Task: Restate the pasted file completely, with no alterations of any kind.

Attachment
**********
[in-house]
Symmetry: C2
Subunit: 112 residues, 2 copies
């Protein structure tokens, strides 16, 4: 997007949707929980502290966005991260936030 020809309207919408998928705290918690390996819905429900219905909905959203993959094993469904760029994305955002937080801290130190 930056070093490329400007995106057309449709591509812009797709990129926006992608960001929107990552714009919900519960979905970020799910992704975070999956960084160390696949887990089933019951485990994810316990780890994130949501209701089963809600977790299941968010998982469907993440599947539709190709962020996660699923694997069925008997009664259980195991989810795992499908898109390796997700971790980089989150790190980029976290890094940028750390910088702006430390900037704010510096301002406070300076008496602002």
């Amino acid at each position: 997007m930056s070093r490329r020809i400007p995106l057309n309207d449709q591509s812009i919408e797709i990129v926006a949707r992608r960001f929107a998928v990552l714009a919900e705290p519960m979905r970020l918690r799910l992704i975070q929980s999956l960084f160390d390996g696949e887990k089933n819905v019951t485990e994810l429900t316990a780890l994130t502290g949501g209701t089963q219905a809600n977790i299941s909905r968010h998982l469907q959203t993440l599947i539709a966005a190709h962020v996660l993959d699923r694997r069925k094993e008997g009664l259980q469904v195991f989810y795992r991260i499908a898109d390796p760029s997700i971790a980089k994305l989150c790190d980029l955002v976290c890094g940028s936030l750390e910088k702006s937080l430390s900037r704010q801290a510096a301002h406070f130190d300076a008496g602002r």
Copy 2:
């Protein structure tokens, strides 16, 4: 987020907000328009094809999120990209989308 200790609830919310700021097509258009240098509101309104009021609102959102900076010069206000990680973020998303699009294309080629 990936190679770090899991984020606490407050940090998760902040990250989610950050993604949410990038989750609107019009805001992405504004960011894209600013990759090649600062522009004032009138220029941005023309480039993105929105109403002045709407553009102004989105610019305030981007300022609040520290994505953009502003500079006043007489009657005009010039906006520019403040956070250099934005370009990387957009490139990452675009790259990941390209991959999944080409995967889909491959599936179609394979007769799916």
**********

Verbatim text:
[in-house]
Symmetry: C2
Subunit: 112 residues, 2 copies
């Protein structure tokens, strides 16, 4: 997007949707929980502290966005991260936030 020809309207919408998928705290918690390996819905429900219905909905959203993959094993469904760029994305955002937080801290130190 930056070093490329400007995106057309449709591509812009797709990129926006992608960001929107990552714009919900519960979905970020799910992704975070999956960084160390696949887990089933019951485990994810316990780890994130949501209701089963809600977790299941968010998982469907993440599947539709190709962020996660699923694997069925008997009664259980195991989810795992499908898109390796997700971790980089989150790190980029976290890094940028750390910088702006430390900037704010510096301002406070300076008496602002």
């Amino acid at each position: 997007m930056s070093r490329r020809i400007p995106l057309n309207d449709q591509s812009i919408e797709i990129v926006a949707r992608r960001f929107a998928v990552l714009a919900e705290p519960m979905r970020l918690r799910l992704i975070q929980s999956l960084f160390d390996g696949e887990k089933n819905v019951t485990e994810l429900t316990a780890l994130t502290g949501g209701t089963q219905a809600n977790i299941s909905r968010h998982l469907q959203t993440l599947i539709a966005a190709h962020v996660l993959d699923r694997r069925k094993e008997g009664l259980q469904v195991f989810y795992r991260i499908a898109d390796p760029s997700i971790a980089k994305l989150c790190d980029l955002v976290c890094g940028s936030l750390e910088k702006s937080l430390s900037r704010q801290a510096a301002h406070f130190d300076a008496g602002r």
Copy 2:
């Protein structure tokens, strides 16, 4: 987020907000328009094809999120990209989308 200790609830919310700021097509258009240098509101309104009021609102959102900076010069206000990680973020998303699009294309080629 990936190679770090899991984020606490407050940090998760902040990250989610950050993604949410990038989750609107019009805001992405504004960011894209600013990759090649600062522009004032009138220029941005023309480039993105929105109403002045709407553009102004989105610019305030981007300022609040520290994505953009502003500079006043007489009657005009010039906006520019403040956070250099934005370009990387957009490139990452675009790259990941390209991959999944080409995967889909491959599936179609394979007769799916």